How galaxies live and die on the star-forming main sequence: the dawn of bulges within the disks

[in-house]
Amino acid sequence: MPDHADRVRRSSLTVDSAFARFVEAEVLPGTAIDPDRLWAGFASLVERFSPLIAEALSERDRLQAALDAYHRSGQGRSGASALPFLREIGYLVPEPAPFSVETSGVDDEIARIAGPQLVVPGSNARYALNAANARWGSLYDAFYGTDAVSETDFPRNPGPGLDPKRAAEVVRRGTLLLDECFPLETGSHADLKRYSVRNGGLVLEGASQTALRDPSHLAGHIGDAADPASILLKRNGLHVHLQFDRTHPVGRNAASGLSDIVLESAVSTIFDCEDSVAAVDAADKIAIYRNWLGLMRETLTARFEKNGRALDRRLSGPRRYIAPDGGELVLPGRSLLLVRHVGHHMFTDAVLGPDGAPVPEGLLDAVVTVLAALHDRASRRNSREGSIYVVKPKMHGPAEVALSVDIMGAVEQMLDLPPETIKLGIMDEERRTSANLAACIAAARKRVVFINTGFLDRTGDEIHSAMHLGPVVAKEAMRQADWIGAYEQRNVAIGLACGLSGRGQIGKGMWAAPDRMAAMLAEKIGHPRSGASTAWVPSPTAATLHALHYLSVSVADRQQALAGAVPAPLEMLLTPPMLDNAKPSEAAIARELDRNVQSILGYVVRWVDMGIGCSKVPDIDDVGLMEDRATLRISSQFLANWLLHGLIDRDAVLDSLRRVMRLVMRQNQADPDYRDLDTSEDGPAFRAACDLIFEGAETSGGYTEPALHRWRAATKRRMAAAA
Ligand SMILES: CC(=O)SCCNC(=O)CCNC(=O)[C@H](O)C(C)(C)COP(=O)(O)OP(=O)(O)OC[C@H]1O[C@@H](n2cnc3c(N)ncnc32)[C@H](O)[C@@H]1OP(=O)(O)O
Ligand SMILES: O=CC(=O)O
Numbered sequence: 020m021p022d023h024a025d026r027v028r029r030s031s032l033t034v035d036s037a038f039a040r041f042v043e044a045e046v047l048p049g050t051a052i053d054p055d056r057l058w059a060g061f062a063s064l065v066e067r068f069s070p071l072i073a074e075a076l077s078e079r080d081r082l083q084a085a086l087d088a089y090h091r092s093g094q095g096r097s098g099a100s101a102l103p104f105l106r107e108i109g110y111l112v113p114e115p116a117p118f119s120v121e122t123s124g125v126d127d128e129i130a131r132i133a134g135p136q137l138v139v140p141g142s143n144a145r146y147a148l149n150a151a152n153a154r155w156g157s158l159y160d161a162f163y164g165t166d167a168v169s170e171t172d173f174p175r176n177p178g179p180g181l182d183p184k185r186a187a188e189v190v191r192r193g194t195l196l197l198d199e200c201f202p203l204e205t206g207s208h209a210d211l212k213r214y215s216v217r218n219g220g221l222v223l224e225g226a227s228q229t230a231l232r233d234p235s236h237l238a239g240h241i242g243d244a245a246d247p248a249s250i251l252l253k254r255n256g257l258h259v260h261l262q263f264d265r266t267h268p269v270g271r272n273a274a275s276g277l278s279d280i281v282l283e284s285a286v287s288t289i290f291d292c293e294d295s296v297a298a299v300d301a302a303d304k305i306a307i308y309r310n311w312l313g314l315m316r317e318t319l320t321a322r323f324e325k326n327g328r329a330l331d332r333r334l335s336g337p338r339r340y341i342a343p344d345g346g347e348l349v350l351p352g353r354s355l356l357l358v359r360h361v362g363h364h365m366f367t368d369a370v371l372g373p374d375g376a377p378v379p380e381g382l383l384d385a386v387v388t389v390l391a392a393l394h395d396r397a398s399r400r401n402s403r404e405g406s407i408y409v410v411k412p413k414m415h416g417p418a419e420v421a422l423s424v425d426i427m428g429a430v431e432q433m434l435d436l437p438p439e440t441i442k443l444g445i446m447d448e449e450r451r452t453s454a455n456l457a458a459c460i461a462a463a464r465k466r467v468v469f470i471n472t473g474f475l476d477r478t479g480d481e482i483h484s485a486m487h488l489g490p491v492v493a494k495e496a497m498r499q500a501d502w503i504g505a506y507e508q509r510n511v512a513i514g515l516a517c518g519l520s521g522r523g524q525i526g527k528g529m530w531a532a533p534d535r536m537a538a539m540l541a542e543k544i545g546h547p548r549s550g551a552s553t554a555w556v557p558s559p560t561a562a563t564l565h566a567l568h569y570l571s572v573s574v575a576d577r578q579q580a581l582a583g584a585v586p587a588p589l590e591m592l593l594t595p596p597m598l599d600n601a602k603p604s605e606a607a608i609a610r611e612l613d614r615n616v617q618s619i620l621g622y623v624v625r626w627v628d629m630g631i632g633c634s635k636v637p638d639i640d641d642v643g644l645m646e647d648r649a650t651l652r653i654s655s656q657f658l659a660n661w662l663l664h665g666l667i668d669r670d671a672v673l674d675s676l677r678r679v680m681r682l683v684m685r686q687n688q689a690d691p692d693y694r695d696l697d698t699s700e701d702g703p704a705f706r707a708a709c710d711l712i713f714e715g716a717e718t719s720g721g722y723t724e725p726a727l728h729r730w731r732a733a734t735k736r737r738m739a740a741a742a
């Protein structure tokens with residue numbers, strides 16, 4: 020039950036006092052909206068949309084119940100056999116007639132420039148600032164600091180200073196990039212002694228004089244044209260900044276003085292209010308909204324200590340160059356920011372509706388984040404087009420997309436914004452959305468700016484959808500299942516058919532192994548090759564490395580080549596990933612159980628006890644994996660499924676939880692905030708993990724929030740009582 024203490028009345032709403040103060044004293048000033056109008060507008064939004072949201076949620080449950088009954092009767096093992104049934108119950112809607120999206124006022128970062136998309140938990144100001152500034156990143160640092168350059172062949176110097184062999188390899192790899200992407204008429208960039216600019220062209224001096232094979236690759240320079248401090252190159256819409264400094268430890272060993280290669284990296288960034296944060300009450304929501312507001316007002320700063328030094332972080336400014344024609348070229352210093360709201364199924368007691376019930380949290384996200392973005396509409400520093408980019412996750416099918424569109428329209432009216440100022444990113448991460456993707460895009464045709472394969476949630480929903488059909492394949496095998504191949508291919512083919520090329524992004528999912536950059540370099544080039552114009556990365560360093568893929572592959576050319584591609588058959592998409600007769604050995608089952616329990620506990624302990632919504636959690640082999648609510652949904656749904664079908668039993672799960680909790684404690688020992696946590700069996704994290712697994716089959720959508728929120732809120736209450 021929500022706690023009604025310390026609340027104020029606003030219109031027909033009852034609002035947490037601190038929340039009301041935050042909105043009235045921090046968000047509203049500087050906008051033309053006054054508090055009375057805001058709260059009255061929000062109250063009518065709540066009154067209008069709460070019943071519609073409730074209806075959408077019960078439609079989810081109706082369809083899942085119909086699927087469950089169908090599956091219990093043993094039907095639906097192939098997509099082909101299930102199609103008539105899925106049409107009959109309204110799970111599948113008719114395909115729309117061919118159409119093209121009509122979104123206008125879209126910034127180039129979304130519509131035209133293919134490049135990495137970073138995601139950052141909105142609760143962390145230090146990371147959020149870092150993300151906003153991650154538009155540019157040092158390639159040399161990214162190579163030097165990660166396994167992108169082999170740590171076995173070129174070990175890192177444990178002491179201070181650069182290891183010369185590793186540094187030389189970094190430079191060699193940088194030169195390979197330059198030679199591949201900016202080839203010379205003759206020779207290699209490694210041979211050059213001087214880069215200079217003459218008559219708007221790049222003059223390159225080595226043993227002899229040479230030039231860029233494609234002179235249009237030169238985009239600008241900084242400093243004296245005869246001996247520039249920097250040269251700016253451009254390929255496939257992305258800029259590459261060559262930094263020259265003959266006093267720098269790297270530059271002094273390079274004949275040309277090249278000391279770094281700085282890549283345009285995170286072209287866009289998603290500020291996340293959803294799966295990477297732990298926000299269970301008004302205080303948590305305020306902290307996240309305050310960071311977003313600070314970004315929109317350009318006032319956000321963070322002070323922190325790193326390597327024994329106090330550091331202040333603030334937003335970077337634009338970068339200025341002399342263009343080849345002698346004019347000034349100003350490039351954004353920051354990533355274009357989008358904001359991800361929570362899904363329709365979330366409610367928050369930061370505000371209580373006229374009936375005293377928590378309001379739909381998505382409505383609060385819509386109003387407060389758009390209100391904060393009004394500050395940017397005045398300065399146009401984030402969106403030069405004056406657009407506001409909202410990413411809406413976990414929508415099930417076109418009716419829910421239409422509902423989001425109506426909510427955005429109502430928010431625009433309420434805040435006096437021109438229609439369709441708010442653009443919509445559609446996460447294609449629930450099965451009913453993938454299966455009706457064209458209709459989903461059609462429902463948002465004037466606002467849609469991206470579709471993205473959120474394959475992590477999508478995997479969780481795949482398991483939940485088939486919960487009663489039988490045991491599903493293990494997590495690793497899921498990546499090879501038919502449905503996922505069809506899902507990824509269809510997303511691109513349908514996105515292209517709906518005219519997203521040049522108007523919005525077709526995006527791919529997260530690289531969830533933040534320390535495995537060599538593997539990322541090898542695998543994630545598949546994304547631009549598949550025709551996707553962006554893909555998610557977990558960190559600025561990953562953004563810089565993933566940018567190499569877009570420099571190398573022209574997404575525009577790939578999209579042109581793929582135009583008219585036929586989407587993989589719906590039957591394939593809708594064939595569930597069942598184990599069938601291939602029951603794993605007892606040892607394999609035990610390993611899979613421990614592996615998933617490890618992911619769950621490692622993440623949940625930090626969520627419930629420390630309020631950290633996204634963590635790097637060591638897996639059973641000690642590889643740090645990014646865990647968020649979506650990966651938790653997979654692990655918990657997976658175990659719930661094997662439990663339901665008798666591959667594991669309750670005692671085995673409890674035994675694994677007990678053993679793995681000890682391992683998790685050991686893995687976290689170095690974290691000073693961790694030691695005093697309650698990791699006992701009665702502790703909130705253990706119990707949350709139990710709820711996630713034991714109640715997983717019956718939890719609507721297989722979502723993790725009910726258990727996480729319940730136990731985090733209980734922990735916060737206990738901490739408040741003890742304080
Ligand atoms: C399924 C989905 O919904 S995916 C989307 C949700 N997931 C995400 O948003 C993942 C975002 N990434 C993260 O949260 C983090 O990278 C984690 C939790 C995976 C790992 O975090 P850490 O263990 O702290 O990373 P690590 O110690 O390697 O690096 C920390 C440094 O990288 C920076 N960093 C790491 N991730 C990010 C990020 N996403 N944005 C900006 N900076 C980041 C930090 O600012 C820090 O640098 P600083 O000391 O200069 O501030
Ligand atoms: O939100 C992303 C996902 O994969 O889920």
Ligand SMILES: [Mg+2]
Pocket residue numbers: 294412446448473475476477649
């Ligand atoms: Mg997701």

present evidence for the development of massive bulges within star-forming Main Sequence (SFMS) galaxies at redshift z~2 using the combination of rest-frame Far-UV-to-optical HST imaging and SINFONI Adaptive-Optics spectra of the Halpha line emission in these systems. Specifically I correct the Halpha and UV star-formation rate (SFR) density maps using dust attenuation maps resolved on scales of a kpc, and derive how, locally on such small scales, the stellar mass density relates to the dust-corrected SFR density. Through this comparison I demonstrate not only that massive SFMS galaxies at the peak of cosmic star-formation activity have already achieved the stellar density distributions that we see in massive spheroids at z=0, but also that they have outward-increasing specific SFR radial profiles, i.e. suppressed star-formation activity in their central bulge regions. These centrally-suppressed star-formation activity is not an artifact of dust obscuration; rather, they indicate that star-forming massive galaxies at z~2 have already started quenching from their inner cores, and will achieve ‘terminal quiescence’ over their whole bodies on timescales of order 1 Gyr. I compare the observed SFR and stellar mass distributions to predictions of state-of-the-art cosmological hydrodynamical zoom-in simulations in order to explore which physical processes can explain our observational results. I will present evidence from the simulations that gas-driven compaction is a key phase in the life of galaxies.

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